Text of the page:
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 SOX9
Homo sapiens
 HIF1A
Homo sapiens
 Pax6
Mus musculus
 PAX6
Homo sapiens
 Snai2
Mus musculus
 PPARA
Homo sapiens
 Ppara
Mus musculus
 Thrb
Mus musculus
 SNAI2
Homo sapiens
 Tbr1
Mus musculus
Transcription Factor Encyclopedia  BETA
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Overview

The PAired-boX (PAX) gene family is a developmentally crucial small gene family, that encodes a set of well-characterized transcription factors.They are named for the paired box DNA-binding domain that is common and conserved in all the family members [1]. In addition, they are subclassified into four subgroups according to structural similarity, i.e. the presence or absence of an octapeptide region and the presence, absence or truncation of a homeodomain[2]. Nine members of the family have been described in mammals, with orthologues present in worms, flies, frogs, fish and birds.

PAX genes are regulators of tissue development and cellular differentiation in embryos, acting to promote cell proliferation, cell-lineage specification, migration and survival[3][2]. In addition, PAX genes have been shown to play an important role in human disease as cancer and genetic disorders[4]. The expression of PAX genes is observed primarly during fetal development, and typically it is down-regulated in the adult organism. However, in a few tissues, the expression of PAX genes persists into adult life[5]. While the absence of PAX genes has definitive deleterious consequences, little is known regarding the specific mechanisms by which PAX proteins influence organogenesis. Examples of target organs and tissues for the expression of PAX proteins during organogenesis are the skeleton (PAX1 and 9), central nervous system (PAX2, 3, 5, 6, 7, and 8) kidney (PAX2 and 8), B-cells (PAX5), thyroid (PAX8), pancreas (PAX4 and 6) and skeletal muscle (PAX3 and 7). Mouse transgenic models that have mutations disrupting the expression of these specific PAX genes exhibit abnormal development or agenesis of the corresponding target tissues [6][7][8].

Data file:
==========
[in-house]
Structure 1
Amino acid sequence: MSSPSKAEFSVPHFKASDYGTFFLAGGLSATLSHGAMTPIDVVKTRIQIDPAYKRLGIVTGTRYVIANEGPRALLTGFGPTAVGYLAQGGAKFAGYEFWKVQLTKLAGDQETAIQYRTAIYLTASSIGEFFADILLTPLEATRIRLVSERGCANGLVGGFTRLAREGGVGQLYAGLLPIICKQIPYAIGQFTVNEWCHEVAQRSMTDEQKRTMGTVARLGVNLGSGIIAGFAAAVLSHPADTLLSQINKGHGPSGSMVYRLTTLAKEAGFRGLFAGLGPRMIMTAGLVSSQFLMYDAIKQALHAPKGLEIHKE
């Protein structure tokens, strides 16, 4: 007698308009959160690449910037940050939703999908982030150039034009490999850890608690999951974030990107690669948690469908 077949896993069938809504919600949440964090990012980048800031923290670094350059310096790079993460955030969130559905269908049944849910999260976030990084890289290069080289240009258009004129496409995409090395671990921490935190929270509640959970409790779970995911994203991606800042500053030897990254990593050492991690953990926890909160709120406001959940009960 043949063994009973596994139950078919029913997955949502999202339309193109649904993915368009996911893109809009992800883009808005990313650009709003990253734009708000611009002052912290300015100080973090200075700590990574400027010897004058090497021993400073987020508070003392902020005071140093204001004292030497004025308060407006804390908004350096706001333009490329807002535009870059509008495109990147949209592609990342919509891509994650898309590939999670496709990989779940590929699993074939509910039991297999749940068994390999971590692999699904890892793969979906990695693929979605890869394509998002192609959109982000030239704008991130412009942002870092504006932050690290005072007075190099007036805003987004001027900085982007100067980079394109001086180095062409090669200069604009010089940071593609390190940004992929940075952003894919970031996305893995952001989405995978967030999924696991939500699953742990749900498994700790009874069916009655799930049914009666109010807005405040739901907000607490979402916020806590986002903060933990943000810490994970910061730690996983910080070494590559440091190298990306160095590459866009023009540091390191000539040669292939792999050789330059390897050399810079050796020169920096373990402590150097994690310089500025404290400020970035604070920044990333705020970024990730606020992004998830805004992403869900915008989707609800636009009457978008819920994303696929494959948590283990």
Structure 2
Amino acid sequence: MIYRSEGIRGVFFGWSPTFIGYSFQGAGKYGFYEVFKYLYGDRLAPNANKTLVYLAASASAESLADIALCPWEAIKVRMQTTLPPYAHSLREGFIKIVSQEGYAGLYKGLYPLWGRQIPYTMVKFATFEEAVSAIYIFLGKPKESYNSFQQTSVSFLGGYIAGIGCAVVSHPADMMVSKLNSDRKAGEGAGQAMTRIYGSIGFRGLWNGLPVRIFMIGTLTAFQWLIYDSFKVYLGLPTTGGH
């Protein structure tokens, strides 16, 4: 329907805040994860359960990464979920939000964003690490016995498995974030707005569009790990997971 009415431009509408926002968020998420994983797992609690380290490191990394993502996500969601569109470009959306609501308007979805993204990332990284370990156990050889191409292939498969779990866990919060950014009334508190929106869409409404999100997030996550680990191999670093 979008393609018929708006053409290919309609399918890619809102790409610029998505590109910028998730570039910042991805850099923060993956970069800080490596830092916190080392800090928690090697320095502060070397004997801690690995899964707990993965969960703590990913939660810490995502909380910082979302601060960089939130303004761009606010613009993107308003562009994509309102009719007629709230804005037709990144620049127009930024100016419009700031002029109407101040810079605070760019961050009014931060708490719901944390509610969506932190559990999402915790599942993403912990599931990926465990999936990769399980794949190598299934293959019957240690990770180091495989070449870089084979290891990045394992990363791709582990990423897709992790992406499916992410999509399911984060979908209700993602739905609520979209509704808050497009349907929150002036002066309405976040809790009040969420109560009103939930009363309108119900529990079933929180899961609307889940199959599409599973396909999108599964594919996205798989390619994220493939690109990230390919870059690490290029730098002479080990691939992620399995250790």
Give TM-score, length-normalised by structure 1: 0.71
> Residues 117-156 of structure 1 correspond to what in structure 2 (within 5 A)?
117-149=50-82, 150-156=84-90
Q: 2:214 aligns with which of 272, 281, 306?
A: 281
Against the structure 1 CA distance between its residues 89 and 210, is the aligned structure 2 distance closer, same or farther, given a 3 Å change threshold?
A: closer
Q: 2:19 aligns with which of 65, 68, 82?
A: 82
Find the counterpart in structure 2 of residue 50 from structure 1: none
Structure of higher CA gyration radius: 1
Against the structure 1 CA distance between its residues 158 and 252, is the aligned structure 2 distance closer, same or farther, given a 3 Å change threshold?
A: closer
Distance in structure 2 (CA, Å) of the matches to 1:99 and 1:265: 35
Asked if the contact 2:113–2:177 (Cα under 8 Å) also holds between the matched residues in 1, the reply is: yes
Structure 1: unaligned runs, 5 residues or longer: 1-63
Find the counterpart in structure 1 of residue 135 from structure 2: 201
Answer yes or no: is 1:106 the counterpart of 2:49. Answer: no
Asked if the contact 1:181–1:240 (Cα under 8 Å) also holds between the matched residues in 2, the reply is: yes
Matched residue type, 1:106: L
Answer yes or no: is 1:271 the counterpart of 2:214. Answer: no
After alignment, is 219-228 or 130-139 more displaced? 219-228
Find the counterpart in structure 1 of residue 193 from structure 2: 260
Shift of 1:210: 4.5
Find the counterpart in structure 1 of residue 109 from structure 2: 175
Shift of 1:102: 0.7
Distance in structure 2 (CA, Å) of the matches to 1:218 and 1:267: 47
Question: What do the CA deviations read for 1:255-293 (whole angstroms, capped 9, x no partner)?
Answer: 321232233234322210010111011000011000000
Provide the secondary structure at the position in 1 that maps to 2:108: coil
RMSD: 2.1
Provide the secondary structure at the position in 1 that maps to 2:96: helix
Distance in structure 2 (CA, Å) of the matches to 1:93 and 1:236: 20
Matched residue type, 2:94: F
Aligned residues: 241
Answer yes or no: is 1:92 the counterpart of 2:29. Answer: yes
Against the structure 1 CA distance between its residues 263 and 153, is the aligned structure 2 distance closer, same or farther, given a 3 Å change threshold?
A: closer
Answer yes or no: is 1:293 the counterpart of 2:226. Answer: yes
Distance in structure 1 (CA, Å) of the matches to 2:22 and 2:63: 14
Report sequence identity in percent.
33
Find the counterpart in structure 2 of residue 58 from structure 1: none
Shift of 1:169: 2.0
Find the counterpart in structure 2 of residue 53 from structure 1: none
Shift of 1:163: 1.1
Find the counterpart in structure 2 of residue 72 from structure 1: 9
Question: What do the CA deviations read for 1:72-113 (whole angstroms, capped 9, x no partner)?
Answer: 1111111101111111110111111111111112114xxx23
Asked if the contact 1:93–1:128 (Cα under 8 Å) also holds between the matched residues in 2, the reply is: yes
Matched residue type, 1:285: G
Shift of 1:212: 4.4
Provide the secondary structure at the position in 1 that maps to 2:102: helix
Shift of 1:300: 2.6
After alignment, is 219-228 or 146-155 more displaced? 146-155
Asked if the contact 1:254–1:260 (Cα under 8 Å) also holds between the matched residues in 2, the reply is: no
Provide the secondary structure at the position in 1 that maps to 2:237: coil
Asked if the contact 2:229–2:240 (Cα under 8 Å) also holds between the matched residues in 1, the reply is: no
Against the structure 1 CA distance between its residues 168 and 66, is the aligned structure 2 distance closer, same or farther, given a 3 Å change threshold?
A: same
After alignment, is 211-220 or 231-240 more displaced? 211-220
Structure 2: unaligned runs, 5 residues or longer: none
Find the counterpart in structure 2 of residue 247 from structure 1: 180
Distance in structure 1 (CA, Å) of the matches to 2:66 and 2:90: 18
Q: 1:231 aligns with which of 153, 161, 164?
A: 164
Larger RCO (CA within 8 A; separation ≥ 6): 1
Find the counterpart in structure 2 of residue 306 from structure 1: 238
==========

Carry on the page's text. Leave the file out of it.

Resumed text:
PAX8 belongs to the PAX2/PAX5/PAX8 subgroup containing an octapeptide domain and a truncated homeodomain (Fig. 1). In the mouse embryo, the PAX8 gene is expressed in the developing central nervous system, kidney, and thyroid. In the adult organism PAX8 is expressed exclusively in thyroid and kidney[9][10]. PAX8 is the only member of the family expressed in the thyroid tissue and in the mouse it has been demonstrated to be involved both in the organogenesis/morphogenesis of the thyroid gland[11] and in thyroid follicular cell differentiation[12]. The molecular mechanisms involved in PAX8 control of thyroid cell differentiation have been investigated in details, both in vitro and in vivo. In mature thyroid follicular cells, PAX8 regulates the expression of thyroglobulin [13] , thyroperoxidase[14] and sodium/iodide symporter[15] genes. Interestingly, PAX8 knockout mice show a severe thyroid phenotype, being the thyroid gland barely visible and lacking the follicular cells, the most abundant cell population of the thyroid gland[11]. In addition, in these mice the expression of thyroid-specific markers, such as thyroglobulin and thyroperoxidase, cannot be detected. All together, these studies led to the conclusion that PAX8 is needed for proper survival and differentiation of thyrocytes. In humans, PAX8 mutations have been associated with some cases of congenital hypothyroidism[16][17][18][19][20][21][22][23]. In addition, chromosomal translocation involving the PAX8 gene in thyroid cancer have been identified suggesting that it may have an oncogenic capability when expressed either as part of a fusion gene, or as a whole gene[24],[3],[4].

References
  1. Xu W et al. Crystal structure of a paired domain-DNA complex at 2.5 A resolution reveals structural basis for Pax developmental mutations. Cell, 80(4):639-50. (PMID 7867071)
  2. Chi N and Epstein JA. Getting your Pax straight: Pax proteins in development and disease. Trends Genet., 18(1):41-7. (PMID 11750700)
  3. Wang Q et al. Pax genes in embryogenesis and oncogenesis. J. Cell. Mol. Med., 12(6A):2281-94. (PMID 18627422)
  4. Robson EJ et al. A PANorama of PAX genes in cancer and development. Nat. Rev. Cancer, 6(1):52-62. (PMID 16397527)